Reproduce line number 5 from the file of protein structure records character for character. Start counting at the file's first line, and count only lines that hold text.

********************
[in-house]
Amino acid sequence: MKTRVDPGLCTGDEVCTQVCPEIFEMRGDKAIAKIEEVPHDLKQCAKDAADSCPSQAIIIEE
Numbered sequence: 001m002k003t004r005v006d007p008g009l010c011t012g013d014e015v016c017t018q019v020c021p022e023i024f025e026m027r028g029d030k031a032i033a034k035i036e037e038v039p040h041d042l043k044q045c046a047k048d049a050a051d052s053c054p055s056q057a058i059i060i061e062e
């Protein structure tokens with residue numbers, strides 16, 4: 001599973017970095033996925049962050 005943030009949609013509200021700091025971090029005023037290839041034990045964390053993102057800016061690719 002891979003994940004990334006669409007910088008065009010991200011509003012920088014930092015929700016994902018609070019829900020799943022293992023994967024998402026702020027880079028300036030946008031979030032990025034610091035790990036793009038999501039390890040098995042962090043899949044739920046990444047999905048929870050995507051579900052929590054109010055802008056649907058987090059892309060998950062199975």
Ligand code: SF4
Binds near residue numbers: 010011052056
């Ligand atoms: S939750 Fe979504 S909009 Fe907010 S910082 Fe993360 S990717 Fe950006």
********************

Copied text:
Ligand code: SF4